Pop star Selena Gomez spoke out against U.S. Immigration policy in a Time op-ed published Monday, in which the Netflix producer admits that her family began illegally immigrating to the U.S. from Mexico in the 1970s.
“Over the past four decades, members of my family have worked hard to gain United States citizenship. Undocumented immigration is an issue I think about every day, and I never forget how blessed I am to have been born in this country thanks to my family and the grace of circumstance,” Gomez writes.
But Gomez went on to say she has “fears” when people begin posting angry things on social media about immigration.
“But when I read the news headlines or see debates about immigration rage on social media, I feel afraid for those in similar situations. I feel afraid for my country,” she said in the article.
She admits she is no policy expert but insists that immigration “goes beyond politics” and is also “a human issue.”
Gomez went on to publicize her new Netflix series highlighting the lives if several immigrants living illegally in the U.S.
The series, titled Living Undocumented, follows the lives of eight families of illegals as they circumvent U.S. immigration laws by living in the U.S. while attempting to avoid deportation. Gomez is the executive producer of the series that will debut on Netflix on October 2.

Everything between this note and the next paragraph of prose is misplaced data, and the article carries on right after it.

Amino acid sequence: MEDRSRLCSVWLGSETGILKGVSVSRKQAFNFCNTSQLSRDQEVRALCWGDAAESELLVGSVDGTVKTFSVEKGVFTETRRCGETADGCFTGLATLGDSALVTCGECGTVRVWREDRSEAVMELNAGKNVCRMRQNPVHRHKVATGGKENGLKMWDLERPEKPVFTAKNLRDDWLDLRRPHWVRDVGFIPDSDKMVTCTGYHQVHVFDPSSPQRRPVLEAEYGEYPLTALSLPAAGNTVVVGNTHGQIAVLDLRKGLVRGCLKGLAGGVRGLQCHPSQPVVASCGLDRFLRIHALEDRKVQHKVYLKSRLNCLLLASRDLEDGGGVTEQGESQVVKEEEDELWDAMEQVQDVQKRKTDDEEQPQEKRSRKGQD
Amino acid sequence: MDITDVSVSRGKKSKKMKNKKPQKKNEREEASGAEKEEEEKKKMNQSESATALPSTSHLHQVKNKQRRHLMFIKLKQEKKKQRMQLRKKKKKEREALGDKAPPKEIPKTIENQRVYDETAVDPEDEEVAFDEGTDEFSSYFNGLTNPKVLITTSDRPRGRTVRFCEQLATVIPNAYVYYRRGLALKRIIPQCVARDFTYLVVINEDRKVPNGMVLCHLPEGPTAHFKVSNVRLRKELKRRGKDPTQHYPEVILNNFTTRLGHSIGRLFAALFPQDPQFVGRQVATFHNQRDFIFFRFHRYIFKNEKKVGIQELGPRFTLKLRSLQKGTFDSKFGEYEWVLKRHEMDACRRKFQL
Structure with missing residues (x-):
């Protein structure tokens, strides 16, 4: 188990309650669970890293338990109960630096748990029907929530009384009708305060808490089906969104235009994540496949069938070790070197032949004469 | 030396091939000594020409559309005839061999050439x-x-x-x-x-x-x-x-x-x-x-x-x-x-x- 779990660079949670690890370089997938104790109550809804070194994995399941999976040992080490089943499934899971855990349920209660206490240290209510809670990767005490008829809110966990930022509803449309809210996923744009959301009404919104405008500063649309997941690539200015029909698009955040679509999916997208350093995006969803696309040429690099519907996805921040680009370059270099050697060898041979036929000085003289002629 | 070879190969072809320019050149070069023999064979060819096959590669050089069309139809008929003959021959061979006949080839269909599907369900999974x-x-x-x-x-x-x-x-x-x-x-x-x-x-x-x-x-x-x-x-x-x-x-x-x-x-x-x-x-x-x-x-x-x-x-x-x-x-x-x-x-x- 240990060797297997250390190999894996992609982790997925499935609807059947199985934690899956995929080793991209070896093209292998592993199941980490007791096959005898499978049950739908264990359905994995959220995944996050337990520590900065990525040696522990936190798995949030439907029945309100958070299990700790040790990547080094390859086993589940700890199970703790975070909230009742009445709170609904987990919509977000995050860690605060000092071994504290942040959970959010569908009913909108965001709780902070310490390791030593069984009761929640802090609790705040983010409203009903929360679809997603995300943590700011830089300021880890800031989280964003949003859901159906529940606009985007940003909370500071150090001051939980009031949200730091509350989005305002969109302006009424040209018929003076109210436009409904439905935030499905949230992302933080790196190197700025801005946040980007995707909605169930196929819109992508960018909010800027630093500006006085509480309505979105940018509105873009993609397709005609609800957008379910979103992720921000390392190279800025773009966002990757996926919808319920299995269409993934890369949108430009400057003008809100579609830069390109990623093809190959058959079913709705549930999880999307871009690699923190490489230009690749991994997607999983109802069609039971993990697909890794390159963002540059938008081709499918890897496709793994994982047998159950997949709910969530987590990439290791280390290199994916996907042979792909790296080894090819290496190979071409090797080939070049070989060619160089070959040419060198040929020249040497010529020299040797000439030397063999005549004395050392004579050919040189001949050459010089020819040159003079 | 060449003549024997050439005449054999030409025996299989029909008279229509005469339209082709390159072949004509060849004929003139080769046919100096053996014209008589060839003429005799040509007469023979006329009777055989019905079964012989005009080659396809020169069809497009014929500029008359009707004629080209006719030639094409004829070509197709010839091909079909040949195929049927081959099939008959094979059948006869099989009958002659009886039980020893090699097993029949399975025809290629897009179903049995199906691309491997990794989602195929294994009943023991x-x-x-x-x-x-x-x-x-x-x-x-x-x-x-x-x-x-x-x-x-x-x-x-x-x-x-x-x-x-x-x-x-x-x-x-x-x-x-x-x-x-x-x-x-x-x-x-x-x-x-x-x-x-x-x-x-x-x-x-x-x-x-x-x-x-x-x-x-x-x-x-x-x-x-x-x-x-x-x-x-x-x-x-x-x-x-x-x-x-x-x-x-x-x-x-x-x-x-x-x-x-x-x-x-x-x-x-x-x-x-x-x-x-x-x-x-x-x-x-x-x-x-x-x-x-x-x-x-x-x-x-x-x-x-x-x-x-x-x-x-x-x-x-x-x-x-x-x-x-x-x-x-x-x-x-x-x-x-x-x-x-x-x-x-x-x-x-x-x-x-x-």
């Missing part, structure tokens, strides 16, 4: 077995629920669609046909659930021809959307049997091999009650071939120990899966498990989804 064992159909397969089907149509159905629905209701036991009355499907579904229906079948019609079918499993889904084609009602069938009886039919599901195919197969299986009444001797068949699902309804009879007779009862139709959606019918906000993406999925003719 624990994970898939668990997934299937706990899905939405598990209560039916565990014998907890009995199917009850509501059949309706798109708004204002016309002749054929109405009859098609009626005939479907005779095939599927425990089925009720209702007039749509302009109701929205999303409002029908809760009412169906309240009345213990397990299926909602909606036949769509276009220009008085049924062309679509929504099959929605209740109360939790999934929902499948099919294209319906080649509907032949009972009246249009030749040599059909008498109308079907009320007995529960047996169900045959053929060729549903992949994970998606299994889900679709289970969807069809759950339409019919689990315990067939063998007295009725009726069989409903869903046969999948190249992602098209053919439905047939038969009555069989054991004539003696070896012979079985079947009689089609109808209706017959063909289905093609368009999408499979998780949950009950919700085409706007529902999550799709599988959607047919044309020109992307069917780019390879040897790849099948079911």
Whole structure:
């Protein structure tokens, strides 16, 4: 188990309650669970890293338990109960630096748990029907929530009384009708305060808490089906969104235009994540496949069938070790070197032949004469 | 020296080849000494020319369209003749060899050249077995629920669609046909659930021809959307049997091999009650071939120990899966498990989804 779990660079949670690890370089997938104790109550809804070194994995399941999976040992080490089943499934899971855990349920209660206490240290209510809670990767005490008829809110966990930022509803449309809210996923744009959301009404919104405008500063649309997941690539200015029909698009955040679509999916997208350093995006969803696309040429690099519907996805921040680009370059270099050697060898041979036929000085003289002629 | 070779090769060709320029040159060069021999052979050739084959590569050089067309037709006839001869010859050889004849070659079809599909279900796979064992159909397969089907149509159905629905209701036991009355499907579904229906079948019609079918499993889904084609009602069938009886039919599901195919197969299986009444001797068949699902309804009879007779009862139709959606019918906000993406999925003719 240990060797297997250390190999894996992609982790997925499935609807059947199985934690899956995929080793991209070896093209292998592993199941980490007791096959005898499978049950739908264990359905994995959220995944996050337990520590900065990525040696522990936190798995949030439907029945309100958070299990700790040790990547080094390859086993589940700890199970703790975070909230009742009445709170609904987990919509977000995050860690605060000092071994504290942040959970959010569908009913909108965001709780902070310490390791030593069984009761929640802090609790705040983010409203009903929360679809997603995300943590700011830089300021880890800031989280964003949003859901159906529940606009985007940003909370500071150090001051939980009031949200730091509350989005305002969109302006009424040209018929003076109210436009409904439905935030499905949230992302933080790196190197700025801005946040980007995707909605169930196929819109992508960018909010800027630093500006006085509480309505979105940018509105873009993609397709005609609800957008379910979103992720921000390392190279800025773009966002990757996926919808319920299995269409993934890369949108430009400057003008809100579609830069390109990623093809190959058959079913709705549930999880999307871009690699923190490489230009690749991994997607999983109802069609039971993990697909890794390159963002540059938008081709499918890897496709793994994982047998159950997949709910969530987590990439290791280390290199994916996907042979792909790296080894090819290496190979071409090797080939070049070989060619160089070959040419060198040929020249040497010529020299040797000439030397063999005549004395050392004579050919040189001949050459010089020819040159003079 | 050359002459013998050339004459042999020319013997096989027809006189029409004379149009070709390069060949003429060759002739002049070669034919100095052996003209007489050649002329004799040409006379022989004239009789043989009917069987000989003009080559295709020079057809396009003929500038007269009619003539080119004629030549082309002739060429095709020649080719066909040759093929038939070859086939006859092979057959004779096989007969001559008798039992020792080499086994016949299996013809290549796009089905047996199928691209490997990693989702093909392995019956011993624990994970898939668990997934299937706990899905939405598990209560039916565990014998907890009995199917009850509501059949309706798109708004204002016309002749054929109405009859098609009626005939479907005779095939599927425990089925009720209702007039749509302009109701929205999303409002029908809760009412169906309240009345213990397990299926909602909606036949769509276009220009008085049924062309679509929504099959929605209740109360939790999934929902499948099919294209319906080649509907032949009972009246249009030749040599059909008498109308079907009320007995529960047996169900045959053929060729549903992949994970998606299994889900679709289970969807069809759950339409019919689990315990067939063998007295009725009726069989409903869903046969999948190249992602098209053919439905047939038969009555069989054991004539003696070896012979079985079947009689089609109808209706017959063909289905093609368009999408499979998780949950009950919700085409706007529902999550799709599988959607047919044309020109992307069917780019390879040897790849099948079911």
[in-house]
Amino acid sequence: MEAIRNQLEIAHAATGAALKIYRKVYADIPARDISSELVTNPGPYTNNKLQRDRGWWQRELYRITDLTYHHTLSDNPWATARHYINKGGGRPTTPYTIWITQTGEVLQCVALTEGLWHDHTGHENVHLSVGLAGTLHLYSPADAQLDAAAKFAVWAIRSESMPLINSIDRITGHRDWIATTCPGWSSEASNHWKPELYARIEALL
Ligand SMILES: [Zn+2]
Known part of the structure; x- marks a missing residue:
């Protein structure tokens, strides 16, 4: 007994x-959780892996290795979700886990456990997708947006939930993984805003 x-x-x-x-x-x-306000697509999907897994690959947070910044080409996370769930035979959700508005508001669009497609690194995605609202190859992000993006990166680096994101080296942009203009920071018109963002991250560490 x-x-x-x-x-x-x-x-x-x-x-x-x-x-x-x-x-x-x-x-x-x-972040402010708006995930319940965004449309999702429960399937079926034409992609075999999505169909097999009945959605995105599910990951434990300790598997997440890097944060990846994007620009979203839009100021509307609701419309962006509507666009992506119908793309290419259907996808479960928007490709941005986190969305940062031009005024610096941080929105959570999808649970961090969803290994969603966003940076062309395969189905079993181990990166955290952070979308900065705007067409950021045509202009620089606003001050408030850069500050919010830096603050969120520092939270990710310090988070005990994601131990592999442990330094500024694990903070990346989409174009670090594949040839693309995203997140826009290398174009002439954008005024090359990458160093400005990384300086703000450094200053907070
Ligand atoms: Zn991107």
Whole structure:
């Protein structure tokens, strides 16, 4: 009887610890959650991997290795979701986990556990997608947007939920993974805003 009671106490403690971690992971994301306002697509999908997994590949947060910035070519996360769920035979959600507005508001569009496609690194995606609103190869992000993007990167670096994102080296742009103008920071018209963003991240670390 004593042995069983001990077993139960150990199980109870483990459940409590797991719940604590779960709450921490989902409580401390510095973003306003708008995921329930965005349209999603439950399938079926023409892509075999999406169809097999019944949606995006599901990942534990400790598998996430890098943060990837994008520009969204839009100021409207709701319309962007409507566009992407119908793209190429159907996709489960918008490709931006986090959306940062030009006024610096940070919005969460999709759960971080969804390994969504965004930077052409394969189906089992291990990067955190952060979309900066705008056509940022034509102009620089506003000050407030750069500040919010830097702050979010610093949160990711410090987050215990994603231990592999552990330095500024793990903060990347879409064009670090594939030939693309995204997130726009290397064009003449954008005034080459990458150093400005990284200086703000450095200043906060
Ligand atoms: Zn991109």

Gomez wrote of some of the people in her series including an illegal immigrant who was accepted into college but whose brothers went into hiding after their father was picked up by immigration officials.
“They can’t go home, and they rarely sleep at night. They’re afraid that their time is running out. Camilo told me that his biggest fear isn’t being deported, it’s being forgotten and becoming another faceless statistic,” Gomez claimed.
The pop star said she knew she would face criticism for the series. “But the truth is, the worst criticism I can imagine is still nothing compared to what undocumented immigrants face every day,” she wrote.
Regardless, Gomez claimed she is “concerned about the way people are being treated in my country.”
“Fear shouldn’t stop us from getting involved and educating ourselves on an issue that affects millions of people in our country. Fear didn’t stop my aunt from getting into the back of that truck. And for that, I will always be grateful,” she concluded.
Follow Warner Todd Huston on Twitter @warnerthuston.